Now, an accumulator, as the name suggests, accumulates the value returned by the function each time the function’s callback is invoked. Makes total sense, right? If the answer is no, it’s totally fine, read on for a few examples to help clear things up.
Below is a simple example adding up numbers in an array using
This second example counts the number of times the various Avenger super hero names show up in the array. If they’re new to the object being created, their name is added with a count of 1, if they already exist in the object, the count is incremented by 1 each time it’s found.
Array.forEach() method is a cleaner, more elegant version of the OG for loop, but it is not always the right solution. For instance, if you need to loop over an array only until you find something that matches whatever argument it is you’re trying to find and then return,
Array.forEach() is not the answer. ForEach will keep going until it has gone through every element in that array. Period. Regardless of what it finds or doesn’t find.
But as long as you need to iterate over every object in an array, and run a function against that item,
Array.forEach() is a good choice.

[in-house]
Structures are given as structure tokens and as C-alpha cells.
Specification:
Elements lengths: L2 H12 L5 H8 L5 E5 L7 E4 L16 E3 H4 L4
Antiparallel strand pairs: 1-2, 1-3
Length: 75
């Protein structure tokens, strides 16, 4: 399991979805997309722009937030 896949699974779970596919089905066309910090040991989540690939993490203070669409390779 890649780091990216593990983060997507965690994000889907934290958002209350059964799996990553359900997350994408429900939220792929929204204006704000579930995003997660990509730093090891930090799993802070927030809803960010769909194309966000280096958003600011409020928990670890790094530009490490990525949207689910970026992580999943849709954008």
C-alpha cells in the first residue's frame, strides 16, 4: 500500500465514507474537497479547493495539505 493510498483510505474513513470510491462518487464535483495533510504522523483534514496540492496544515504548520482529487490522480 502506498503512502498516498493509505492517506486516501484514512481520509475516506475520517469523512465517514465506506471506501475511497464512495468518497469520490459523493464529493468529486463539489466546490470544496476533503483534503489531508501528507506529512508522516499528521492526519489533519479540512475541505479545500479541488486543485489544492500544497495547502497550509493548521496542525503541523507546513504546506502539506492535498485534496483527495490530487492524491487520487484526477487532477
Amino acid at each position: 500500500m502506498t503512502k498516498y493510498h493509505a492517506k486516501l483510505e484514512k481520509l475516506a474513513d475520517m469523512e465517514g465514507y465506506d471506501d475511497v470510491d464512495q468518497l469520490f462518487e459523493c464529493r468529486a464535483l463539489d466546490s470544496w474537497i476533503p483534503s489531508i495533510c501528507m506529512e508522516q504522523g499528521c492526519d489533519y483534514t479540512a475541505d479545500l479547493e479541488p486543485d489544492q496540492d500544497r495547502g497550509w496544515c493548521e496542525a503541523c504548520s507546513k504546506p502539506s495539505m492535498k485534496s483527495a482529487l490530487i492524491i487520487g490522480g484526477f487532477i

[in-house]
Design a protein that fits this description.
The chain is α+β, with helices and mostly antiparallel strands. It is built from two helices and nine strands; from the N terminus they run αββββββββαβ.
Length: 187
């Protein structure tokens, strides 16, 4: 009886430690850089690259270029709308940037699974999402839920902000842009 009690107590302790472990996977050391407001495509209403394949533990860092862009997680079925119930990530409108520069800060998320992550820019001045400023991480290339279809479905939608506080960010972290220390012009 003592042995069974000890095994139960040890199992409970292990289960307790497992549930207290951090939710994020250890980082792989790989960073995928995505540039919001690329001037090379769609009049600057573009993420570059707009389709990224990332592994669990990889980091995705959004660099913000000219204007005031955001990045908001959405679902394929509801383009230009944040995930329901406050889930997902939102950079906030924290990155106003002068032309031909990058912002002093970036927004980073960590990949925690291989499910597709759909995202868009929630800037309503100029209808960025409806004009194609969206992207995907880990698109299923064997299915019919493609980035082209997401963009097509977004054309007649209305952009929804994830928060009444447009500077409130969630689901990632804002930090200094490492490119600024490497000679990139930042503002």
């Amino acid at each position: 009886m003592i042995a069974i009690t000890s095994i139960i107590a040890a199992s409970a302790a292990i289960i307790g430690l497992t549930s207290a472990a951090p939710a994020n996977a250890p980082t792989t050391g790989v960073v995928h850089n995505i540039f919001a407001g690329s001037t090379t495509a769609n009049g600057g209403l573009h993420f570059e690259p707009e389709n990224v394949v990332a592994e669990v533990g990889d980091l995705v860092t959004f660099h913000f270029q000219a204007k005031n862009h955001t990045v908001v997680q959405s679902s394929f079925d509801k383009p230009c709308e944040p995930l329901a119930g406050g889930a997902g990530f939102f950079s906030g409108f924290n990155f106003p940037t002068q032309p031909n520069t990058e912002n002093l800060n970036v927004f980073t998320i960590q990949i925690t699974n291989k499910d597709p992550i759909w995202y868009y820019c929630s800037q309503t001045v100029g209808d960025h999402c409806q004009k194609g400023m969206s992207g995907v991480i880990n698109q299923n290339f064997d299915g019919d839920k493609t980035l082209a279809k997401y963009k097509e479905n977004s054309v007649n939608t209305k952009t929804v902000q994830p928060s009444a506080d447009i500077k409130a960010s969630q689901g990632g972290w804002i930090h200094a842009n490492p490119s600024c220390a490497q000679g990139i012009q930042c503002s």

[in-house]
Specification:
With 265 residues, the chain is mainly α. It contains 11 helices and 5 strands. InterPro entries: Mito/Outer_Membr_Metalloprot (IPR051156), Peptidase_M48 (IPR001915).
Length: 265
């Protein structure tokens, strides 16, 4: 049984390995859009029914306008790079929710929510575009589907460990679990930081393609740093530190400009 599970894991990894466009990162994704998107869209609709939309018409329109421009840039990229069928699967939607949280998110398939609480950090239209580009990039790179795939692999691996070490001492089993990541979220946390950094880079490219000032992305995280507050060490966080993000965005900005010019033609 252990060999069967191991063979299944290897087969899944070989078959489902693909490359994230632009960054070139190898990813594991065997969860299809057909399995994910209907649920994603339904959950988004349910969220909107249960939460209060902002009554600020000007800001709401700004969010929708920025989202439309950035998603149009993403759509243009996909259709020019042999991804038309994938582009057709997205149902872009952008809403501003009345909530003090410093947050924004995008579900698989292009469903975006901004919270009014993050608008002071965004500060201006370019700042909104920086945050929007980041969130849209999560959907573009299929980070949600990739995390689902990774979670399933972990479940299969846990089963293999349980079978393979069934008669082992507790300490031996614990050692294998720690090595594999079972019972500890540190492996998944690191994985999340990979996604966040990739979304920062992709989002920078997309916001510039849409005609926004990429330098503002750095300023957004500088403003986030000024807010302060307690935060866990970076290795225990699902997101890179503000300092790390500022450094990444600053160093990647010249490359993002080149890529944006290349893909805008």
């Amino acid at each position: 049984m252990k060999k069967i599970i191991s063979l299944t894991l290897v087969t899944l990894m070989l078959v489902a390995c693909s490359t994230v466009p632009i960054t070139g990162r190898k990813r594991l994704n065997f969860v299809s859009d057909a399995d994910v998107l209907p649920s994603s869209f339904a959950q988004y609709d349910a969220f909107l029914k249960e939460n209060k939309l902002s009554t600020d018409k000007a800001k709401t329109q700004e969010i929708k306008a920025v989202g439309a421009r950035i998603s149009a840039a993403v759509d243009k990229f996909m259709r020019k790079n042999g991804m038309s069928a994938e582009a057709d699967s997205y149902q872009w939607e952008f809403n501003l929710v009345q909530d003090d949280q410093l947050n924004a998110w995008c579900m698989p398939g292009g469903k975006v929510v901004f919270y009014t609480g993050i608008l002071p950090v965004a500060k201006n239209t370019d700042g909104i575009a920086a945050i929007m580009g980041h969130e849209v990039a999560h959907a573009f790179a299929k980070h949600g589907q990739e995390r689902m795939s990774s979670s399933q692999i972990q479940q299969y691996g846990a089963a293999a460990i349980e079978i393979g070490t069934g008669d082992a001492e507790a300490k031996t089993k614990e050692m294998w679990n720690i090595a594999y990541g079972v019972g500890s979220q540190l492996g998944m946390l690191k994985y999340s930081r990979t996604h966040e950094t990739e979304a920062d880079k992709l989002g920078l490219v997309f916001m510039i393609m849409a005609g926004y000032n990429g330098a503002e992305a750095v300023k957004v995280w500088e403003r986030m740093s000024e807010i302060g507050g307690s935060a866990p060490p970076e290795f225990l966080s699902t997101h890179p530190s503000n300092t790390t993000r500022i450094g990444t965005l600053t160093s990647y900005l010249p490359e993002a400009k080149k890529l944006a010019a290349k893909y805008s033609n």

Includes & Some & Every
If there is a situation where you just need to know if an array includes a value, at least once,
Array.every() may be the methods you need.
Like the method name indicates,
Array.includes() determines whether an array contains some element and returns true or false. If the array includes it more than one time, it won’t indicate it because it will stop iterating as soon as it finds the first item that returns true.
Array.includes() can also take a second parameter as an argument: a search index, which specifies where the search of the array should begin according to the index.
Array.includes() was named as such because MooTools had already added a method to the array prototype called
Array.contains() which works slightly differently than how
Array.includes() works. To avoid breaking all the sites currently employing MooTool’s
Array.contains() method, Ecma International decided to rename their array method to